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November, 2013

  1. We have mail!

    November 2, 2013 by sarah

    I have now added an email address if you would like to contact me directly. It is

    And a facebook page


  2. Eggs and Lemons Part Deux – Lemon and Poppyseed Cake

    November 2, 2013 by sarah

    With the excess eggs and lemons, I also made a lemon poppyseed cake. This came out a bit denser than I like for a sponge though I understand Maderia sponges are supposed to be like this. Next time I will try adding a little (maybe half a teaspoon) of baking powder and see if it lightens the mixture up a touch.

    Lemon and Poppyseed cake
    From ‘How To Be A Domestic Goddess’ by Nigella Lawson
    240 softened unsalted butter
    200g caster sugar
    grated zest and juice of 2 lemons
    2 tablespoon of poppyseeds
    3 large eggs (or 4 medium), beaten
    210g self-raising flour
    90g plain flour
    Line and butter a 23 x 13 x 7cm loaf tin.
    Cream the butter and sugar, then add the lemon zest. Add the eggs one at a time with a tablesppon of flour for each. Then fold in the rest of the flour and the poppyseeds and finally the lemon juice. Sprinkle with caster sugar.
    Bake at 170 (150 fan) for an hour or until a cake tester comes out clean. Let cool in the tin before turning out.
    Unfortunately I had to cook this at the same time as the pastry for the lemon meringue tart, which meant it was at too high temperature and it burnt slightly round the edges. Also my fan oven isn’t very even and I forgot to turn the cake. Will not do that again!
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  3. What to do with eggs and lemons? Lemon Meringue Tart

    November 2, 2013 by sarah

    This week I found an egg mountain in my fridge. Well not so much a mountain as I am not sure if you could stack eggs high enough to make a mountain, but a whole box of my girls’ eggs hiding at the back of the fridge. They are starting their annual moult which is when egg production slumps so these eggs are very precious and deserving of a fitting baking project.

    I am not a fruit pie girl. I suppose it stems from my innate fear of pastry, which I am slowly over coming, and lack of tummy space for a desert after dinner but why should pie be restricted to a particular time of day. In fact, I have enjoyed it for breakfast for several days and though I am sure it would not be good for one to do this on a regular basis, it does have a naughty twinkle-in-the-eye element! And it contains eggs and fruit, what is more healthy than that!

    Lemon Meringue Tart
    Recipe from ‘The Great British Book of Baking’ (BBC Books)
    For the sweet shortcrust pastry
    • 175g plain flour
    • 115g unsalted butter, chilled and diced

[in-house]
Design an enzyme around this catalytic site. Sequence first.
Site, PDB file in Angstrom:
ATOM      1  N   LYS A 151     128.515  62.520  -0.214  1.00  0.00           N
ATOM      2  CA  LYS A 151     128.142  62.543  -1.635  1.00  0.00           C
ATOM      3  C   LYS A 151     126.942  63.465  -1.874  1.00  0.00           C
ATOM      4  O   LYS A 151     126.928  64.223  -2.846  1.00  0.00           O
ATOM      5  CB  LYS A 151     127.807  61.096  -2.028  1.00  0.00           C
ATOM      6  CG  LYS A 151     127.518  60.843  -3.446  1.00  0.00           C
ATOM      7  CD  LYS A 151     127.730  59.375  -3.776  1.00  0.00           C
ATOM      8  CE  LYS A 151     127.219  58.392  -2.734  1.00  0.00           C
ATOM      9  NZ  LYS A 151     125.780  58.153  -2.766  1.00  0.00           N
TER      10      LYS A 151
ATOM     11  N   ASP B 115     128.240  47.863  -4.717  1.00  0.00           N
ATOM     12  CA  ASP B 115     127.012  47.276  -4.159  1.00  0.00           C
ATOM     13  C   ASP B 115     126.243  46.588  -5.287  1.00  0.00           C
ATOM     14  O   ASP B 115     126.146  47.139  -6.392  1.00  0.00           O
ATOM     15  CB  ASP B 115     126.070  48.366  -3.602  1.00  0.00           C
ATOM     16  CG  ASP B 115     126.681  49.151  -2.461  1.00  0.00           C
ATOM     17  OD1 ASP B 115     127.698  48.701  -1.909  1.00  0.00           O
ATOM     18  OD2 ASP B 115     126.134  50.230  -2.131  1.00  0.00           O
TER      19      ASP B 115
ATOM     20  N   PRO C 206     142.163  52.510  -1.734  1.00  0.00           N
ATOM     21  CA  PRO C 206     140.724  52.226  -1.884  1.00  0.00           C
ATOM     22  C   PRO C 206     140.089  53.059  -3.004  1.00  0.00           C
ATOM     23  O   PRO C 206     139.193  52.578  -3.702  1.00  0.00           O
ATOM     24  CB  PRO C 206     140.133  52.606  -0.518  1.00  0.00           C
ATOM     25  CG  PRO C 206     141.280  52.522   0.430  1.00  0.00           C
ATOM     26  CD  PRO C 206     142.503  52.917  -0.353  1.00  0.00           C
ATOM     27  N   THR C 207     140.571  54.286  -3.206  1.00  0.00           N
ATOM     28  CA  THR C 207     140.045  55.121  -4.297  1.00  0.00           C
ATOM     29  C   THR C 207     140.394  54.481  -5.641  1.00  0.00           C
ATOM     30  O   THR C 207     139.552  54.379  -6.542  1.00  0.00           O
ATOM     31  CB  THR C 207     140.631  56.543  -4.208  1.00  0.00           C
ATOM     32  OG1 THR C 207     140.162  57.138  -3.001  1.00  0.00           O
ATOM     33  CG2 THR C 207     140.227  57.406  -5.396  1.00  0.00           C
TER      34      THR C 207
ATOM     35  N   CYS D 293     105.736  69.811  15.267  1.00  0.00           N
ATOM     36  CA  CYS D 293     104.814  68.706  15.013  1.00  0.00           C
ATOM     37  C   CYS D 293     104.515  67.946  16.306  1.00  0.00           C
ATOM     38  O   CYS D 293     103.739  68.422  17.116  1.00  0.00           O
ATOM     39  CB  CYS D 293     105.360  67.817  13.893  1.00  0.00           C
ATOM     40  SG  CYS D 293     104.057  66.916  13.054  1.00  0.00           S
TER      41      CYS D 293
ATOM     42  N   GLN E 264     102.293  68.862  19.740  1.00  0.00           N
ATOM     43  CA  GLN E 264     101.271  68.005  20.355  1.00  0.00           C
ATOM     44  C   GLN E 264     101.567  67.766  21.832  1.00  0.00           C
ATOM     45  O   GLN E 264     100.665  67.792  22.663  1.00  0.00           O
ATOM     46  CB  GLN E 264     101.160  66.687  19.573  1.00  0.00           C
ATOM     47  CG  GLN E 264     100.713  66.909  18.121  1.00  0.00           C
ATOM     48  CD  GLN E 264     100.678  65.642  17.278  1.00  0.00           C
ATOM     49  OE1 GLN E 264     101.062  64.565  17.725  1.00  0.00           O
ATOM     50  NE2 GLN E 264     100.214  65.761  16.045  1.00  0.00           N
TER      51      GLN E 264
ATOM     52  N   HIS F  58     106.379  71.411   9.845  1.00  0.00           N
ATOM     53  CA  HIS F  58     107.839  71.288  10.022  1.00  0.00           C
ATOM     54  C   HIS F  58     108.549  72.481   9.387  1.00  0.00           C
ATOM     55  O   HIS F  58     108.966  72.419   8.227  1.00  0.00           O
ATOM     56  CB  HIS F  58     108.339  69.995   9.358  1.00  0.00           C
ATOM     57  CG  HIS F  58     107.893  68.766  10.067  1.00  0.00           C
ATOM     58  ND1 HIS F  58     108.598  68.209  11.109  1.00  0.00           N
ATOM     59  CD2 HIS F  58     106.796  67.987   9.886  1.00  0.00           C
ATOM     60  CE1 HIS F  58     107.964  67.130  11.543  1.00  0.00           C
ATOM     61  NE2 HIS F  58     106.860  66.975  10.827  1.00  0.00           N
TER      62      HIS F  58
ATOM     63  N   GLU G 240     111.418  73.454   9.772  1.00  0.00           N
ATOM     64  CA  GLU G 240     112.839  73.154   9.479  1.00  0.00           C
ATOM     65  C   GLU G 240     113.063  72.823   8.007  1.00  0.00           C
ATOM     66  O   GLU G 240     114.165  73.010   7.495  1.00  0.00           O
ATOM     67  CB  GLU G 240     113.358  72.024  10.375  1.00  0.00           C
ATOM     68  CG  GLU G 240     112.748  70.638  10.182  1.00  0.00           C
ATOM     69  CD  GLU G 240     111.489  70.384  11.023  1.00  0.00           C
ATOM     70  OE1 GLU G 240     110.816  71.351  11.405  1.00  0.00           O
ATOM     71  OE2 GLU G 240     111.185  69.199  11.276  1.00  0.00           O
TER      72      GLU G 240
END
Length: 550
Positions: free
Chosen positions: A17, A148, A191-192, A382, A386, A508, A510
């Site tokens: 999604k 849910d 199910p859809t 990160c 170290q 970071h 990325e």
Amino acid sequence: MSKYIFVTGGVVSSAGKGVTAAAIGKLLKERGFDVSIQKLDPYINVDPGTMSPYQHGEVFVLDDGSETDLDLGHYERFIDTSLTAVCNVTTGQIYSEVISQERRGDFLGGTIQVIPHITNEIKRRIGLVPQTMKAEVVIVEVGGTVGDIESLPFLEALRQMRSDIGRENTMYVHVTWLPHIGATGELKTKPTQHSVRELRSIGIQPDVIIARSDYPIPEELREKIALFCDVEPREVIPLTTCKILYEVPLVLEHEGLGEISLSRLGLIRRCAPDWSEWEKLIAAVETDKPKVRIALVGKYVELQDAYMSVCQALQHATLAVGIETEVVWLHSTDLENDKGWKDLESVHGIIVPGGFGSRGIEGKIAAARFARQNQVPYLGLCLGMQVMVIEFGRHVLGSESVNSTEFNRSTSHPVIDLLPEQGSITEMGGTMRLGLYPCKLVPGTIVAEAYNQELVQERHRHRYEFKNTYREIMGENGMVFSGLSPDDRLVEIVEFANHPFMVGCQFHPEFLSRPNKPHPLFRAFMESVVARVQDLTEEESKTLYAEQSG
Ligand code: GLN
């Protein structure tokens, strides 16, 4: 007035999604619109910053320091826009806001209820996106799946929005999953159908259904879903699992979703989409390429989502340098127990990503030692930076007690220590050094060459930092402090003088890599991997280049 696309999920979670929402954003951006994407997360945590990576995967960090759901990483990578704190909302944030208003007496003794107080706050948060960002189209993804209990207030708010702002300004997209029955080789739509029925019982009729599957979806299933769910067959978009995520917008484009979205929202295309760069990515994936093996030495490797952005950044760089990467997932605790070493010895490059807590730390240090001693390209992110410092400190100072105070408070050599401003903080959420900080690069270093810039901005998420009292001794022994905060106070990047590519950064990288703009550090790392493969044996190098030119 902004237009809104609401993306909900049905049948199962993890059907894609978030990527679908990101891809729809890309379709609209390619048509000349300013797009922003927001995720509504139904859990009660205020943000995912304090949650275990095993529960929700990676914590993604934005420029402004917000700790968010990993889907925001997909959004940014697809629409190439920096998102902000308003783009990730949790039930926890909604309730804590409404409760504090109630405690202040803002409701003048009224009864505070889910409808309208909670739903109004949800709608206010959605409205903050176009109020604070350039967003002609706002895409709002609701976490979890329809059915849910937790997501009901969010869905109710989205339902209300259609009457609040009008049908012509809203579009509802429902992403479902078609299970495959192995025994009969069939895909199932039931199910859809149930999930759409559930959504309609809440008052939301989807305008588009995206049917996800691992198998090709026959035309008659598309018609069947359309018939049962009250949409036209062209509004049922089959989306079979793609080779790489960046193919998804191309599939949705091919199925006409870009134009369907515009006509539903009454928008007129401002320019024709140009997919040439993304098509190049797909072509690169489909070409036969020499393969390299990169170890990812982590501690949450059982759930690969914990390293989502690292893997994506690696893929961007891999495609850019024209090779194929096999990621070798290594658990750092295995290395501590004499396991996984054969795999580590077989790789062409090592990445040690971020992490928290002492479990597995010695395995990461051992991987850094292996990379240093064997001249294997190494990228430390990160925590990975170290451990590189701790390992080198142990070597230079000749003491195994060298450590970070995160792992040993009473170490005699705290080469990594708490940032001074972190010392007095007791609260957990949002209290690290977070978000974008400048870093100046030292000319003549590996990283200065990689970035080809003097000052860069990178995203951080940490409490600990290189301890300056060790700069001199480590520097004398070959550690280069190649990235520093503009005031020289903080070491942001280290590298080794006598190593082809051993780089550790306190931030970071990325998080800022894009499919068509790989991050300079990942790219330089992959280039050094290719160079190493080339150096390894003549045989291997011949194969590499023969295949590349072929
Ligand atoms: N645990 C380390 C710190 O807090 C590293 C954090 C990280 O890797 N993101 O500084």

• 1 tablespoon caster sugar
    • a good pinch of salt
    • 1 medium egg yolk, with 2 tablespoons ice-cold water
    For the lemon filling
    • 3 medium unwaxed lemons
    • 40g cornflour
    • 300ml water
    • 3 medium egg yolks
    • 85g caster sugar
    • 50g unsalted butter, diced
    For the meringue topping
    • 4 medium egg whites
    • 200g caster sugar
    A 22cm loose-based deep flan tin.
    Make the pastry by rubbing the butter into the dry ingredients until it looks like bread crumbs. Using a round-tipped knife, mix in the egg yolk mixture. Knead for a minimal time to bring together. Wrap this in clingfilm and chill in the fridge for at least 20 minutes.
    Roll out the dough on a lightly floured surface and then use to line the flan tin. Prick the base with a fork and put in the freezer for 15 minutes while the oven heats to fan 170. I like to leave a little extra pastry all around the edge to account for shrinkage and then trim this off after the first part of the blind bake as you remove the baking beans.
    Line the pastry case with greaseproof paper and fill with baking beans. Heston (de Blummental) likes to use copper coins for this but I’ve never tried this way as I have the beans. Bake for 15 minutes, remove from the oven and trim the edge and return to the oven for another 5 minutes, take out and leave to cool. Do NOT over cook the pastry as it will turn burnt and bitter and it will be getting further baking anyway.
    Make the filling by grating the zest of the lemons into a heatproof bowl, adding the lemon juice and cornflour, stirring until a smooth paste is formed. In a pan bring the water to a boil then pour it over the lemon mixture, stirring constantly with a wooden spoon. When thoroughly combined, tip all the mixture back into the pan and put on the heat, stirring constantly until it boils and thickens. Reduce the heat to a simmer and keep stirring for another minute. Remove from the heat and quickly beat in the egg yolks then the sugar and butter. Leave to cool.
    Make the meringue topping by whisking the egg whites until soft peaks and then add the sugar a tablespoon at a time until it is well dissolved and the resulting mixture is glossy and stiff.
    Fill the pie by spreading the lemon mixture over the pastry case then topping with the meringue, making sure the meringue goes all the way to pastry edges. Stand the tart on a hot baking tray and bake for 15-20 minutes. Leave to cool to room temperature before unmoulding and serving but eat the same day other wise the meringue will weep and liquid will come out of your tart/pie. From searching online, this is a common problem and there doesn’t seem to be any sure way of avoiding it except by eating the pie straight away. No excuse needed!
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